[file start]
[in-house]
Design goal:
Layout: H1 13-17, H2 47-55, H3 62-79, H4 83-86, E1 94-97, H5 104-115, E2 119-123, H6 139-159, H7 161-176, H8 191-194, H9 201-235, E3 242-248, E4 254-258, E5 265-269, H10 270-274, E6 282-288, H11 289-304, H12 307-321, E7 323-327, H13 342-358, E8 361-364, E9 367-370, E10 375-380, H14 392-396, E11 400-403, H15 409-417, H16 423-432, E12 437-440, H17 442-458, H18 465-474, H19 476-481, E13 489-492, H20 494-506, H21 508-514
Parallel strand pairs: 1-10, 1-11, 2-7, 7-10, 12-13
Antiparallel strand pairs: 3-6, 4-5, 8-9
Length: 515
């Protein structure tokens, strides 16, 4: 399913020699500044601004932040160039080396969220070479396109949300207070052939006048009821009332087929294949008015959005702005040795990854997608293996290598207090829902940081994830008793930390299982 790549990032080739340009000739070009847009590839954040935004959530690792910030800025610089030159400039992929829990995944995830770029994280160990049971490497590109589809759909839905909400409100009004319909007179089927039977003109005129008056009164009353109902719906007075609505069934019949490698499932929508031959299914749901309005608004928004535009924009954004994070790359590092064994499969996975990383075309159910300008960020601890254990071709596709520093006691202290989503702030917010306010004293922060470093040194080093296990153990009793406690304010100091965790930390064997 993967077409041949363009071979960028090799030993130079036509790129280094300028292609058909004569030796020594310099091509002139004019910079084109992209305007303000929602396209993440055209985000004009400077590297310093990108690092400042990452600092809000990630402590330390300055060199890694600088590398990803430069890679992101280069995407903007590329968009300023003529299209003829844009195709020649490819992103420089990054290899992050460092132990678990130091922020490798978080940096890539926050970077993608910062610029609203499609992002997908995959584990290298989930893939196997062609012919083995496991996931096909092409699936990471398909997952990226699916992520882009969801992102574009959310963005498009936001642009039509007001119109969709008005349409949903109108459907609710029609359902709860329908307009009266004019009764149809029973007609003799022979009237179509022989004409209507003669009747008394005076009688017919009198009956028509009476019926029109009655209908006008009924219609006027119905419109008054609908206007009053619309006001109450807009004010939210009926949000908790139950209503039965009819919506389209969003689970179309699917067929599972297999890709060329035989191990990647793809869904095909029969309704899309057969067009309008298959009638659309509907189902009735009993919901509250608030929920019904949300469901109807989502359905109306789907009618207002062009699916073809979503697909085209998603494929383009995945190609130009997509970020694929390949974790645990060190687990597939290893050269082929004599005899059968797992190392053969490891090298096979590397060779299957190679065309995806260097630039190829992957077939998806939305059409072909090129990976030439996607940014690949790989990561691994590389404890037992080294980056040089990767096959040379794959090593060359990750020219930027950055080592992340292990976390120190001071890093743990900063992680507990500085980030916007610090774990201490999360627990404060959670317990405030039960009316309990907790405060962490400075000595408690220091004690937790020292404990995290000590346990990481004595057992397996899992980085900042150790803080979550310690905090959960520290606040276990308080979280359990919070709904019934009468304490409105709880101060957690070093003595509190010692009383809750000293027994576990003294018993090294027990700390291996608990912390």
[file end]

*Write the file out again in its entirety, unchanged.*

[in-house]
Design goal:
Layout: H1 13-17, H2 47-55, H3 62-79, H4 83-86, E1 94-97, H5 104-115, E2 119-123, H6 139-159, H7 161-176, H8 191-194, H9 201-235, E3 242-248, E4 254-258, E5 265-269, H10 270-274, E6 282-288, H11 289-304, H12 307-321, E7 323-327, H13 342-358, E8 361-364, E9 367-370, E10 375-380, H14 392-396, E11 400-403, H15 409-417, H16 423-432, E12 437-440, H17 442-458, H18 465-474, H19 476-481, E13 489-492, H20 494-506, H21 508-514
Parallel strand pairs: 1-10, 1-11, 2-7, 7-10, 12-13
Antiparallel strand pairs: 3-6, 4-5, 8-9
Length: 515
């Protein structure tokens, strides 16, 4: 399913020699500044601004932040160039080396969220070479396109949300207070052939006048009821009332087929294949008015959005702005040795990854997608293996290598207090829902940081994830008793930390299982 790549990032080739340009000739070009847009590839954040935004959530690792910030800025610089030159400039992929829990995944995830770029994280160990049971490497590109589809759909839905909400409100009004319909007179089927039977003109005129008056009164009353109902719906007075609505069934019949490698499932929508031959299914749901309005608004928004535009924009954004994070790359590092064994499969996975990383075309159910300008960020601890254990071709596709520093006691202290989503702030917010306010004293922060470093040194080093296990153990009793406690304010100091965790930390064997 993967077409041949363009071979960028090799030993130079036509790129280094300028292609058909004569030796020594310099091509002139004019910079084109992209305007303000929602396209993440055209985000004009400077590297310093990108690092400042990452600092809000990630402590330390300055060199890694600088590398990803430069890679992101280069995407903007590329968009300023003529299209003829844009195709020649490819992103420089990054290899992050460092132990678990130091922020490798978080940096890539926050970077993608910062610029609203499609992002997908995959584990290298989930893939196997062609012919083995496991996931096909092409699936990471398909997952990226699916992520882009969801992102574009959310963005498009936001642009039509007001119109969709008005349409949903109108459907609710029609359902709860329908307009009266004019009764149809029973007609003799022979009237179509022989004409209507003669009747008394005076009688017919009198009956028509009476019926029109009655209908006008009924219609006027119905419109008054609908206007009053619309006001109450807009004010939210009926949000908790139950209503039965009819919506389209969003689970179309699917067929599972297999890709060329035989191990990647793809869904095909029969309704899309057969067009309008298959009638659309509907189902009735009993919901509250608030929920019904949300469901109807989502359905109306789907009618207002062009699916073809979503697909085209998603494929383009995945190609130009997509970020694929390949974790645990060190687990597939290893050269082929004599005899059968797992190392053969490891090298096979590397060779299957190679065309995806260097630039190829992957077939998806939305059409072909090129990976030439996607940014690949790989990561691994590389404890037992080294980056040089990767096959040379794959090593060359990750020219930027950055080592992340292990976390120190001071890093743990900063992680507990500085980030916007610090774990201490999360627990404060959670317990405030039960009316309990907790405060962490400075000595408690220091004690937790020292404990995290000590346990990481004595057992397996899992980085900042150790803080979550310690905090959960520290606040276990308080979280359990919070709904019934009468304490409105709880101060957690070093003595509190010692009383809750000293027994576990003294018993090294027990700390291996608990912390």